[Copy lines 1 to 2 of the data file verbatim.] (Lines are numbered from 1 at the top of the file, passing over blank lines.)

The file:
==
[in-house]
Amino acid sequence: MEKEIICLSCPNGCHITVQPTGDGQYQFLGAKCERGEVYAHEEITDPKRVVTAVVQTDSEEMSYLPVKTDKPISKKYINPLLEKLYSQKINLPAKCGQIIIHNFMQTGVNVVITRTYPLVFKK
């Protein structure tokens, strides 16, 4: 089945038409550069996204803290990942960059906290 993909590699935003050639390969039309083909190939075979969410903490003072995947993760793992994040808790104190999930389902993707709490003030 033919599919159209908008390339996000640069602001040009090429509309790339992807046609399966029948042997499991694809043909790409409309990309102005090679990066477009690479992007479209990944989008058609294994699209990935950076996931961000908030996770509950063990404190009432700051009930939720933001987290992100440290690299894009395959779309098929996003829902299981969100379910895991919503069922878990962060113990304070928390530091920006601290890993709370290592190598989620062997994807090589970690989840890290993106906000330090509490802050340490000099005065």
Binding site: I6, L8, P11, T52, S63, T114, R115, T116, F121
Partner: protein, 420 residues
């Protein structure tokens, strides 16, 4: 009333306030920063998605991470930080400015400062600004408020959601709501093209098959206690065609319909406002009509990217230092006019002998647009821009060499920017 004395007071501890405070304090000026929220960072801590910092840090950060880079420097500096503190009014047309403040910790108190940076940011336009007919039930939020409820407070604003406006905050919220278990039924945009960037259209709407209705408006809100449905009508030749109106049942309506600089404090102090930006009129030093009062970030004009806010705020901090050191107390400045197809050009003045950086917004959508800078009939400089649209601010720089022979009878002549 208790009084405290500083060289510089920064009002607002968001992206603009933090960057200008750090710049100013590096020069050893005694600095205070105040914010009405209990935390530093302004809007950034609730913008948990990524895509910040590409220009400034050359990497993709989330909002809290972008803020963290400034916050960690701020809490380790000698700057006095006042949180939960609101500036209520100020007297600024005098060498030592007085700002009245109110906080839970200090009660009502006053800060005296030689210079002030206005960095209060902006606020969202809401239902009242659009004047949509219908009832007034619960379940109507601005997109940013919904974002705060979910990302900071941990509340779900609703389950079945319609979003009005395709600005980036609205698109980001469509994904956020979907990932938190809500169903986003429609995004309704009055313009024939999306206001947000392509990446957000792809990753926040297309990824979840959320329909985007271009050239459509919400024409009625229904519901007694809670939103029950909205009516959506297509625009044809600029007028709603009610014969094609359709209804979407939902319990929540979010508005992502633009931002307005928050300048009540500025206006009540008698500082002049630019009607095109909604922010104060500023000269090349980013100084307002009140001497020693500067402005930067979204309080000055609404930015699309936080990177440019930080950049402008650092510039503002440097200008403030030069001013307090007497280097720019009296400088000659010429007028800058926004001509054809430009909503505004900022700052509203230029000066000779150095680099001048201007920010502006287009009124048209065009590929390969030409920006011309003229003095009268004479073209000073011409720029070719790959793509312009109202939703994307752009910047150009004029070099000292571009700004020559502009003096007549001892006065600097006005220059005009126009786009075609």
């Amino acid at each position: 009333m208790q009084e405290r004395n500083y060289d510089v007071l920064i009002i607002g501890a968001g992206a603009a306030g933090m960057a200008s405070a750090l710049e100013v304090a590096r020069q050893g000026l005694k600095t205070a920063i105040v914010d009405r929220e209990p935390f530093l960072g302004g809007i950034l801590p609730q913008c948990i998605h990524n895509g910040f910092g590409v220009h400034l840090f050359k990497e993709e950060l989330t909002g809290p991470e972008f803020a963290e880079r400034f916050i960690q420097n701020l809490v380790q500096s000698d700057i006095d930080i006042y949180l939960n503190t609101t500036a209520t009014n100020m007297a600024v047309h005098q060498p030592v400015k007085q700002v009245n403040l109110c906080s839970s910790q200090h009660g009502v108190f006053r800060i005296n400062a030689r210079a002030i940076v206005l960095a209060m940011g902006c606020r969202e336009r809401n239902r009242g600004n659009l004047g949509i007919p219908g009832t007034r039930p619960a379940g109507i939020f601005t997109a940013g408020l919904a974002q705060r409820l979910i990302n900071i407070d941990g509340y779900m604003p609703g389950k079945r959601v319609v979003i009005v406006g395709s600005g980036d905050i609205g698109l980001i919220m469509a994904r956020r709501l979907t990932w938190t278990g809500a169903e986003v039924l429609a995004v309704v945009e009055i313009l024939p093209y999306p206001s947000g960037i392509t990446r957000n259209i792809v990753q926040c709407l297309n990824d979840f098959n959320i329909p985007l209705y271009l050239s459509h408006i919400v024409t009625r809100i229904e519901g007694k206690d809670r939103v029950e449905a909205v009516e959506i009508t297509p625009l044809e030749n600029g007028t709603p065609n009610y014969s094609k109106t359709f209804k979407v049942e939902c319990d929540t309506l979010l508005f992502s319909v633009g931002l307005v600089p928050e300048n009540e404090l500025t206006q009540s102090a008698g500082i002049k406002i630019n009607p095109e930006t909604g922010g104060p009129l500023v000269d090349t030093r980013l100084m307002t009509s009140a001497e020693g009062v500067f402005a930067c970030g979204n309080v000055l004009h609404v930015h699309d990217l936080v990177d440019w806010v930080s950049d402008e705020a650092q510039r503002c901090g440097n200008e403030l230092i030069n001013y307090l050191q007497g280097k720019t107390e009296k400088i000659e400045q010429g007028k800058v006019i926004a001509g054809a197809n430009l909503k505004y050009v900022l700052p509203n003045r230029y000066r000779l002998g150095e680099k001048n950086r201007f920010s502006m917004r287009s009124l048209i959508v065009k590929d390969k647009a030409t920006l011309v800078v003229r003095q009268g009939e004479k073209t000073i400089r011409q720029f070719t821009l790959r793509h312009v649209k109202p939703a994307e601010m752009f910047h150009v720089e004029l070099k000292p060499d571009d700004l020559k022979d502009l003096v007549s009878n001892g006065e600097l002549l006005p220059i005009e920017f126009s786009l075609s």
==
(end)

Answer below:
[in-house]
Amino acid sequence: MEKEIICLSCPNGCHITVQPTGDGQYQFLGAKCERGEVYAHEEITDPKRVVTAVVQTDSEEMSYLPVKTDKPISKKYINPLLEKLYSQKINLPAKCGQIIIHNFMQTGVNVVITRTYPLVFKK